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New York City to Install More Than 700 Wi-Fi Kiosks

The 739 new kiosks will allow for free wireless Internet service, quicker connections and free phone calls, along with several other features. They will be installed in neighborhoods without access to reliable Internet service.

(TNS) — Mayor Eric Adams and his Chief Technology Officer Matthew Fraser are expected to unveil a plan Sunday to install hundreds of new kiosks that will allow for free wireless Internet service, quicker connections and free phone calls, along with several other features.

The plan is aimed at bridging the city’s digital divide, and over the coming years, the city predicts that it will bring 739 new kiosks to neighborhoods it has designated as lacking in adequate Internet service. Overall, the city plans to bring 2,000 new 5G, or fifth generation, kiosks to the five boroughs over the next several years.

“We want to reach out at those that historically have had access the least, and get them parity,” Fraser told the Daily News. “Because when we look at broadband these days, broadband and connectivity has increased in relevance, increased in importance to the point where it’s not a luxury, it’s as essential as having water — especially for those kids that are school age.”

Fraser and Adams plan to unveil the first of the new kiosks on West Burnside Avenue in the Bronx on Sunday.

Typically, the new wireless hotspots will have a range of about 1,000 feet and will enable most anyone within that radius to access high-speed Internet service for free, Fraser said. Accessing it will work the same way travelers can access wifi service at a hotel.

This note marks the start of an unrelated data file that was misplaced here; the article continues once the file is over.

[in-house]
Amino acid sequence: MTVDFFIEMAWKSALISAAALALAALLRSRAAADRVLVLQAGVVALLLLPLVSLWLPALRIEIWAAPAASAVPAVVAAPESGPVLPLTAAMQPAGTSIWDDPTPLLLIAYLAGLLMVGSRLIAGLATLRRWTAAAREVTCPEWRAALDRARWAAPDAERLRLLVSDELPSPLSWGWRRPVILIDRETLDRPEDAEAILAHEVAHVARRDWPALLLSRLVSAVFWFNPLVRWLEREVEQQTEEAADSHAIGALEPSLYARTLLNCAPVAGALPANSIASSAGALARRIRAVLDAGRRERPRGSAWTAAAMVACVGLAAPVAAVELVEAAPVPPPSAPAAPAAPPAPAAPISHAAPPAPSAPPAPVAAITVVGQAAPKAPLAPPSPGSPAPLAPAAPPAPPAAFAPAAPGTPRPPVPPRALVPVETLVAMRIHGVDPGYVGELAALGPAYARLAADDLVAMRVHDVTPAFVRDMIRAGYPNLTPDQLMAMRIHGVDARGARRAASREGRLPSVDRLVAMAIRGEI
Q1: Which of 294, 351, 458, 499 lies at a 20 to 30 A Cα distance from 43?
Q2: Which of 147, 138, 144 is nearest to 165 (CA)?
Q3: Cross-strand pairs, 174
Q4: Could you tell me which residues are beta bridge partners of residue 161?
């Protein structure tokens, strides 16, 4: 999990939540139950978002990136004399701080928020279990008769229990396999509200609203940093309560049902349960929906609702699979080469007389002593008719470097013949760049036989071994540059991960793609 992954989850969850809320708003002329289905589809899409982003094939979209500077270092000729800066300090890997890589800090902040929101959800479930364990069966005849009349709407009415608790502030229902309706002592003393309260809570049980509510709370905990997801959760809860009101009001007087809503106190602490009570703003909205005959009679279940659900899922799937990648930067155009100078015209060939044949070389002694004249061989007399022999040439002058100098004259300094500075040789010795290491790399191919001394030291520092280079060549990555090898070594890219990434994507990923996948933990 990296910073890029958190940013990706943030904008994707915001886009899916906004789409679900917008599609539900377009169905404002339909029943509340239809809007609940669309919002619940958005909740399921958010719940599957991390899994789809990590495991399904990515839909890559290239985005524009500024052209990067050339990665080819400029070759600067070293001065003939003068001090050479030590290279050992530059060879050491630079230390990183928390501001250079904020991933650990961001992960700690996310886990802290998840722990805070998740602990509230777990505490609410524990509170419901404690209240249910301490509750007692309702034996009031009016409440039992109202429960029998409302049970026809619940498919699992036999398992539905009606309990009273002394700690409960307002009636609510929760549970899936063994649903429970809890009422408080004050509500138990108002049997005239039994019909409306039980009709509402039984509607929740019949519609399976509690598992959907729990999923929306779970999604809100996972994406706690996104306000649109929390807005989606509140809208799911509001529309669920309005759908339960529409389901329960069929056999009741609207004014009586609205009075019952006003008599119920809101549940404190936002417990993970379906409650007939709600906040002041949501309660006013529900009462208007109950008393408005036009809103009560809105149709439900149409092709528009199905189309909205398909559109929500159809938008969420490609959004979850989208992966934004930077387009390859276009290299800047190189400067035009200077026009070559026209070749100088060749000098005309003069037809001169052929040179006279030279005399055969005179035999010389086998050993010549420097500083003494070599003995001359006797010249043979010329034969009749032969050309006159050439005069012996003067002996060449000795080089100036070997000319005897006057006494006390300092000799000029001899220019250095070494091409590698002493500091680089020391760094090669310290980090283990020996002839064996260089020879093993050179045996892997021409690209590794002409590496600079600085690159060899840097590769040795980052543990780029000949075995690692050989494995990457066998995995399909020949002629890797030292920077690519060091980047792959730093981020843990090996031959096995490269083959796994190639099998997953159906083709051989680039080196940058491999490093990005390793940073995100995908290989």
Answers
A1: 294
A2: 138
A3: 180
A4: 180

Approximately 1,900 wireless kiosks are already in place and use a slightly older technology. The new kiosks, which are produced by LinkNYC, will allow users better connectivity, access to a broader scope of information, and at faster speeds.

Fraser pointed to the remote schooling during pandemic lockdowns as a key example of why the new kiosks are necessary.

He pointed to situations in which kids couldn’t connect to the Internet, preventing them from doing school work, but he also noted that the plan isn’t just about educational parity — he wants equality when it comes to how kids are able to socialize and how adults hunt for jobs as well.

“If you don’t have access to broadband, you can’t be competitive,” Fraser said. “If you don’t have broadband at home and you’re unemployed and you’re looking to upscale and you’re trying to find new job opportunities, but the thing that connects you to that, you don’t have access to — it further perpetuates the condition you’re in where you can’t find a way out.”

©2022 New York Daily News, Distributed by Tribune Content Agency, LLC.